A Travellerspoint blog

Edinburgh Wins by a Royal Mile

by Ben

overcast 10 °C
View Koning/Zemliak Family Europe 2012/2013 on KZFamily's travel map.

Newborn Lambs

Newborn Lambs

We left the higher latitudes (around 58 degrees) to head to the cultural and political capital of Scotland, Edinburgh. As we headed south and traversed the Pass of Killicrankie the temperature dropped to a mere one degree and snow began to fall. It seems spring comes quite late to these parts.

By the time we got within 50 miles (yes we measuring our trip in imperial units during this part of our trip) of Edinburgh the temperature had risen to a more tolerable 10 degrees and the snow and rain had ceased. We took a little detour from the highway to find a nice place to picnic. We stopped amidst some pastureland that hosted a sizeable flock of sheep. The sound emanating from so many sheep was unfamiliar to our ears. The cacophony of deep and high bleats in various staccato rhythms sounded comical. The sight was that of innocent beauty since there were such an abundance of newborn lambs. We also saw quite a few ring-necked pheasants which I was unsuccessful in photographing but at least witnessed firsthand which I can't say for the red squirrels that the residents of the area are so protective of that they have produced signage for the squirrel's safety.

Scots Protecting their Squirrels

Scots Protecting their Squirrels

Our apartment, in the heart of Edinburgh, was easy to find but difficult to get to as many streets are being torn up to install new tramlines. A few passes through the neighbourhood finally revealed an unobstructed route and we were soon carrying our bags up six flights of stairs. Our location couldn't be much better. We are a few blocks from Edinburgh Castle and the beginning (or end) of the Royal Mile.

The kids chose to stay home while Muriel and I walked the Royal Mile from Edinburgh Castle to Holyrood Palace. It is a walk that takes you through some great architecture, notwithstanding the blackened stonework from centuries of coal burning. Edinburgh used to be called "auld Reekie" from all the chimneys in the city burning coal. At the end of the Royal Mile is the Queen's official residence in Scotland, Holyrood Palace. I would be curious to know what the Queen thinks about her new neighbours across the street; the Scottish Parliament. No greater juxtaposition of architectural styles could be imagined. The "modern" architecture of the Scottish Parliament leaves a bit to be desired. I think Elizabeth might be forgiven if she is spending a little less time at her Edinburgh residence these days.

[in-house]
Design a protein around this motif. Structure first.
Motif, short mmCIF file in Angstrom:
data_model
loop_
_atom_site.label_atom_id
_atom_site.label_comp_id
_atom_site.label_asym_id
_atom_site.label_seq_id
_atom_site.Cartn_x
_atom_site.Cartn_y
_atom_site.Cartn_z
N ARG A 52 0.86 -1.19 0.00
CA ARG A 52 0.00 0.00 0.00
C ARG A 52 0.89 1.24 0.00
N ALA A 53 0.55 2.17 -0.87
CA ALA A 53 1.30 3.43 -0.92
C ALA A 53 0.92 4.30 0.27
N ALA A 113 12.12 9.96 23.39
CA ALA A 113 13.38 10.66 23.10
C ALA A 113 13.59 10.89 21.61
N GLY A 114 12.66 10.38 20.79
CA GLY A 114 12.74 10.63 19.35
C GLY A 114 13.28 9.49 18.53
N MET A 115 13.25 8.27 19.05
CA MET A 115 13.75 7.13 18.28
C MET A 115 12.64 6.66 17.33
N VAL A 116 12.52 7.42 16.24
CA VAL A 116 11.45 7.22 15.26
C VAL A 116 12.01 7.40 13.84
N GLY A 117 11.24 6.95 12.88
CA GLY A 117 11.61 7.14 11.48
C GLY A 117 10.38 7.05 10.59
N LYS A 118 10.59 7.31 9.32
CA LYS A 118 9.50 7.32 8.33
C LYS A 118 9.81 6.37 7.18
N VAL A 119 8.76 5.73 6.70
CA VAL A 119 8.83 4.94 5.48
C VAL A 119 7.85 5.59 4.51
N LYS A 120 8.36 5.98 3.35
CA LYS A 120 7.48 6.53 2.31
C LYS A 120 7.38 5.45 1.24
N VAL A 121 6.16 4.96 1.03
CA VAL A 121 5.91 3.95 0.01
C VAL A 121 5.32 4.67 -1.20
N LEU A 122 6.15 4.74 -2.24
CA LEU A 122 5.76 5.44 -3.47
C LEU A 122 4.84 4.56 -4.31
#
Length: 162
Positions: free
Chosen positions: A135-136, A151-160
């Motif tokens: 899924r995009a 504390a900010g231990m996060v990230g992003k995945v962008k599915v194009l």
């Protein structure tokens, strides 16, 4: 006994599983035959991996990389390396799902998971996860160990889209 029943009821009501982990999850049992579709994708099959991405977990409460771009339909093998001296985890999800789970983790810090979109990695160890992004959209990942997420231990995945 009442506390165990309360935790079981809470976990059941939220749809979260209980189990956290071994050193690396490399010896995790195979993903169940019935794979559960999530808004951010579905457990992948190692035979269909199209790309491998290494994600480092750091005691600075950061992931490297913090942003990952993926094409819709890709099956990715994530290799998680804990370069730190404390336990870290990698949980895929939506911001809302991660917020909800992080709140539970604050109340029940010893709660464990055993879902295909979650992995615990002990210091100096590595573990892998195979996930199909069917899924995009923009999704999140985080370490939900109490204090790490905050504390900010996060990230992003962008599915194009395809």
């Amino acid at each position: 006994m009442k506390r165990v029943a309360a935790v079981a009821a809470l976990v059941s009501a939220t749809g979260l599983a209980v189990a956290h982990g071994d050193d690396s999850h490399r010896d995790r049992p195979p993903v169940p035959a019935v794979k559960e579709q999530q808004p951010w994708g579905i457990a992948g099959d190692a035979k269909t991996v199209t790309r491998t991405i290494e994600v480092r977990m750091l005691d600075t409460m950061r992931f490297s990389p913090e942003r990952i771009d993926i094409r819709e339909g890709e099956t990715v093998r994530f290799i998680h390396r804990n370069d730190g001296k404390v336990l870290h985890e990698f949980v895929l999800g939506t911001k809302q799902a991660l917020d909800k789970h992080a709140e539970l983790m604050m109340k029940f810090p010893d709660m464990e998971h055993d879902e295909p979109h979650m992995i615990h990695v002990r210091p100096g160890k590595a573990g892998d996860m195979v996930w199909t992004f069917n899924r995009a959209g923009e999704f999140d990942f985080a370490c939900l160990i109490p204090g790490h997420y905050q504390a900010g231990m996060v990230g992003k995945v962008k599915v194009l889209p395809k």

Scot on the Royal Mile

Scot on the Royal Mile

By the time we got to the end of our walk I was thinking that I must be pretty tired from our car ride as the distance seemed much longer than two miles. I found out from Muriel that The Royal Mile is actually one Scot's mile long, which is 1.12 statute miles or 1.81 kilometers. The mile as a unit of measurement was not fully standardized until 1959. I guess you can't say Scots are cheap on distance.

Checkout our Photo Gallery and Leave a Comment

Just a reminder to all our readers, you can click on the photo gallery on the righthand side of the blog and see what we have been seeing in our travels. Please feel welcome and encouraged to leave comments. Your comments on our blog posts are great motivators to keep us writing and feel connected with home. Thanks for participating in our travels.

Posted by KZFamily 12:58 Archived in Scotland Tagged scotland edinburgh

Email this entryFacebookStumbleUpon

Table of contents